Heading north, staying north? The increasing importance of international migrants to northern and remote Australia

A Migration and Border Policy Project Working Paper

    Research output: Contribution to specialist publicationArticleResearch

    Abstract

    Since 2013, northern Australia has experienced a large downturn in its population growth rate, and negative growth in some areas. This followed the highs of the mining boom and was due to net losses of residents to southern regions. Under these circumstances, positive contributions of migrants to population, jobs, and communities have become increasingly important. Existing studies show that northern and remote regions of Australia fare poorly at attracting and retaining international migrants. However, an important consideration in evaluating the success of policies and initiatives for attracting and retaining migrants to these regions is how these are assessed and measured. For many communities across the north, permanent retention of a handful of skilled migrants and their families can significantly improve demographic and economic trajectories. Evaluations on the success of schemes at macro-region levels may miss nuanced and significant population impacts at the local level. This working paper presents three case examples from the Northern Territory demonstrating the potential for overseas migration to alter demographic, economic, and social pathways for northern and remote communities, and thus the broader region.
    Original languageEnglish
    Pages1-19
    Number of pages19
    No.7
    Specialist publicationLowy Institute for International Policy Migration and Border Policy Project Working Paper
    PublisherLowy Institute for International Policy
    Publication statusPublished - 24 Jan 2018

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    economics
    population growth
    trajectory
    border
    policy
    project
    loss
    evaluation
    family

    Cite this

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    abstract = "Since 2013, northern Australia has experienced a large downturn in its population growth rate, and negative growth in some areas. This followed the highs of the mining boom and was due to net losses of residents to southern regions. Under these circumstances, positive contributions of migrants to population, jobs, and communities have become increasingly important. Existing studies show that northern and remote regions of Australia fare poorly at attracting and retaining international migrants. However, an important consideration in evaluating the success of policies and initiatives for attracting and retaining migrants to these regions is how these are assessed and measured. For many communities across the north, permanent retention of a handful of skilled migrants and their families can significantly improve demographic and economic trajectories. Evaluations on the success of schemes at macro-region levels may miss nuanced and significant population impacts at the local level. This working paper presents three case examples from the Northern Territory demonstrating the potential for overseas migration to alter demographic, economic, and social pathways for northern and remote communities, and thus the broader region.",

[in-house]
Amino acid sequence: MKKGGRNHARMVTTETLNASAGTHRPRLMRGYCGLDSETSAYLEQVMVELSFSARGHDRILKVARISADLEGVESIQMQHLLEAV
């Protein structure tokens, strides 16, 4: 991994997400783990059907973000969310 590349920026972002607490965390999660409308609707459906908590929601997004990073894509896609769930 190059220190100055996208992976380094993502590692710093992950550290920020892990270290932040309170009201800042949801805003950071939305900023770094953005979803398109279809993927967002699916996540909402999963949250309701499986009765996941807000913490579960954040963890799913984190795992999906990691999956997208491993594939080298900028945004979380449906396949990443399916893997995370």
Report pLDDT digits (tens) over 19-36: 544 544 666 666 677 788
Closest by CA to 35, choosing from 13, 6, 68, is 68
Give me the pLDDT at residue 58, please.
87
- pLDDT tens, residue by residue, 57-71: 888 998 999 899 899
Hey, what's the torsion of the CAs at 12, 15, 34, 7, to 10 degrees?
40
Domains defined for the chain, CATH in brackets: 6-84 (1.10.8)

keywords = "International Migration, Northern Australia, Remote areas, Remote health, Remote communities",
    author = "Andrew Taylor",
    note = "This working paper series is part of the Lowy Institute’s Migration and Border Policy Project, which aims to produce independent research and analysis on the challenges and opportunities raised by the movement of people and goods across Australia’s borders. The Project is supported by the Australian Government’s Department of Immigration and Border Protection.",
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    AB - Since 2013, northern Australia has experienced a large downturn in its population growth rate, and negative growth in some areas. This followed the highs of the mining boom and was due to net losses of residents to southern regions. Under these circumstances, positive contributions of migrants to population, jobs, and communities have become increasingly important. Existing studies show that northern and remote regions of Australia fare poorly at attracting and retaining international migrants. However, an important consideration in evaluating the success of policies and initiatives for attracting and retaining migrants to these regions is how these are assessed and measured. For many communities across the north, permanent retention of a handful of skilled migrants and their families can significantly improve demographic and economic trajectories. Evaluations on the success of schemes at macro-region levels may miss nuanced and significant population impacts at the local level. This working paper presents three case examples from the Northern Territory demonstrating the potential for overseas migration to alter demographic, economic, and social pathways for northern and remote communities, and thus the broader region.

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